Review of light parameters and photobiomodulation efficacy: Dive into complexity

Randa Zein, Wayne Selting, Michael R. Hamblin

Research output: Contribution to journalArticlepeer-review

190 Citations (Scopus)

Abstract

Photobiomodulation (PBM) therapy, previously known as low-level laser therapy, was discovered more than 50 years ago, yet there is still no agreement on the parameters and protocols for its clinical application. Some groups have recommended the use of a power density less than 100mW/cm 2 and an energy density of 4 to 10J/cm 2 at the level of the target tissue. Others recommend as much as 50J/cm 2 at the tissue surface. The wide range of parameters that can be applied (wavelength, energy, fluence, power, irradiance, pulse mode, treatment duration, and repetition) in some cases has led to contradictory results. In our review, we attempt to evaluate the range of effective and ineffective parameters in PBM. Studies in vitro with cultured cells or in vivo with different tissues were divided into those with higher numbers of mitochondria (muscle, brain, heart, nerve) or lower numbers of mitochondria (skin, tendon, cartilage). Graphs were plotted of energy density against power density. Although the results showed a high degree of variability, cells/tissues with high numbers of mitochondria tended to respond to lower doses of light than those with lower number of mitochondria. Ineffective studies in cells with high mitochondrial activity appeared to be more often due to over-dosing than to under-dosing.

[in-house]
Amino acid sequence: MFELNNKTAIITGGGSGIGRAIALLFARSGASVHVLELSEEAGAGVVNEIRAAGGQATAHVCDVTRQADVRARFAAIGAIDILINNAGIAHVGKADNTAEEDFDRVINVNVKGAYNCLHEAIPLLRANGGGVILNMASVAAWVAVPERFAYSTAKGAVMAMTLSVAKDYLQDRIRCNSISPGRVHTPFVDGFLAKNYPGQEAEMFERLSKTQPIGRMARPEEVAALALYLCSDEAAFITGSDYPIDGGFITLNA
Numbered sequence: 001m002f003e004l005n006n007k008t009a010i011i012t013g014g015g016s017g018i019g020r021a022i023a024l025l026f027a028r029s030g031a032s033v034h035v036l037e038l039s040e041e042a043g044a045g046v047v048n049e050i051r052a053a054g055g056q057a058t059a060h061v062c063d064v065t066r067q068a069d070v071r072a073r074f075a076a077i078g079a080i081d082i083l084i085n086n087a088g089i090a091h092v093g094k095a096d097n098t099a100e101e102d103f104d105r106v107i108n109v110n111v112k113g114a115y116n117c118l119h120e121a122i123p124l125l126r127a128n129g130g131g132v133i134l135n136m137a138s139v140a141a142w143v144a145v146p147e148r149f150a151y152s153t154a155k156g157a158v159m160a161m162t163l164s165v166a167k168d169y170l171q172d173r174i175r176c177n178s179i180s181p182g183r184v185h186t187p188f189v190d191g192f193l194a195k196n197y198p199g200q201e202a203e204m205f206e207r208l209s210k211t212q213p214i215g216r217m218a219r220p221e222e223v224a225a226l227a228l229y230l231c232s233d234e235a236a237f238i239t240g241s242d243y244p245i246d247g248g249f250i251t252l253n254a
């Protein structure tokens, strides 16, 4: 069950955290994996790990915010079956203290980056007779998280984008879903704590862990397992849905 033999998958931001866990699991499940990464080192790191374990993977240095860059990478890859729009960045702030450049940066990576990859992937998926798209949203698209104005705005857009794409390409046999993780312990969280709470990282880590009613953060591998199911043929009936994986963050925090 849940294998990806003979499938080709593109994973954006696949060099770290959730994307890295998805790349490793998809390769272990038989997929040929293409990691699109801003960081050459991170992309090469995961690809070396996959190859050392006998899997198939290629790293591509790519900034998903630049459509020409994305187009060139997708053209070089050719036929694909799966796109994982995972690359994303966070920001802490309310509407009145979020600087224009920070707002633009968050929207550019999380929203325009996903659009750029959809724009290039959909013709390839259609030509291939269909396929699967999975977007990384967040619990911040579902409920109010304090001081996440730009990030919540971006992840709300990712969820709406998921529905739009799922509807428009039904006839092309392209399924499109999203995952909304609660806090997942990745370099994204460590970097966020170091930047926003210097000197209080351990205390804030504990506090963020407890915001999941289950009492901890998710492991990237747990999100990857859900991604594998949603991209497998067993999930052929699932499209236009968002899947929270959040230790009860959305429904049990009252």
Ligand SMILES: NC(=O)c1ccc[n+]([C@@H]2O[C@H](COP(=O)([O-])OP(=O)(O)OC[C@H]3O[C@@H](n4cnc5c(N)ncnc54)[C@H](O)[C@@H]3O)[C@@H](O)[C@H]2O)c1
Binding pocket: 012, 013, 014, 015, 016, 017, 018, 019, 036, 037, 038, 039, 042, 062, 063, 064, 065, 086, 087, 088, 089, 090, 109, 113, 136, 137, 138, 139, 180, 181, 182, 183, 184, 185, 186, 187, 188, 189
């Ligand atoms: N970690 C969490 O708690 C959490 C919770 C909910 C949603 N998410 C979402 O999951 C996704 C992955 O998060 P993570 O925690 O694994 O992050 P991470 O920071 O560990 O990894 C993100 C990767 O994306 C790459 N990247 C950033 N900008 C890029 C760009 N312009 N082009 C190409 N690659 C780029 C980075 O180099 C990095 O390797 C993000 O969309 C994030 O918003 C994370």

Original languageEnglish
Article number120901
JournalJournal of Biomedical Optics
Volume23
Issue number12
DOIs
Publication statusPublished - 1 Dec 2018
Externally publishedYes

Keywords

  • effective and ineffective studies
  • low-level laser therapy
  • mitochondrial numbers
  • parameters
  • photobiomodulation

ASJC Scopus subject areas

  • Electronic, Optical and Magnetic Materials
  • Biomaterials
  • Atomic and Molecular Physics, and Optics
  • Biomedical Engineering

Fingerprint

Dive into the research topics of 'Review of light parameters and photobiomodulation efficacy: Dive into complexity'. Together they form a unique fingerprint.

Cite this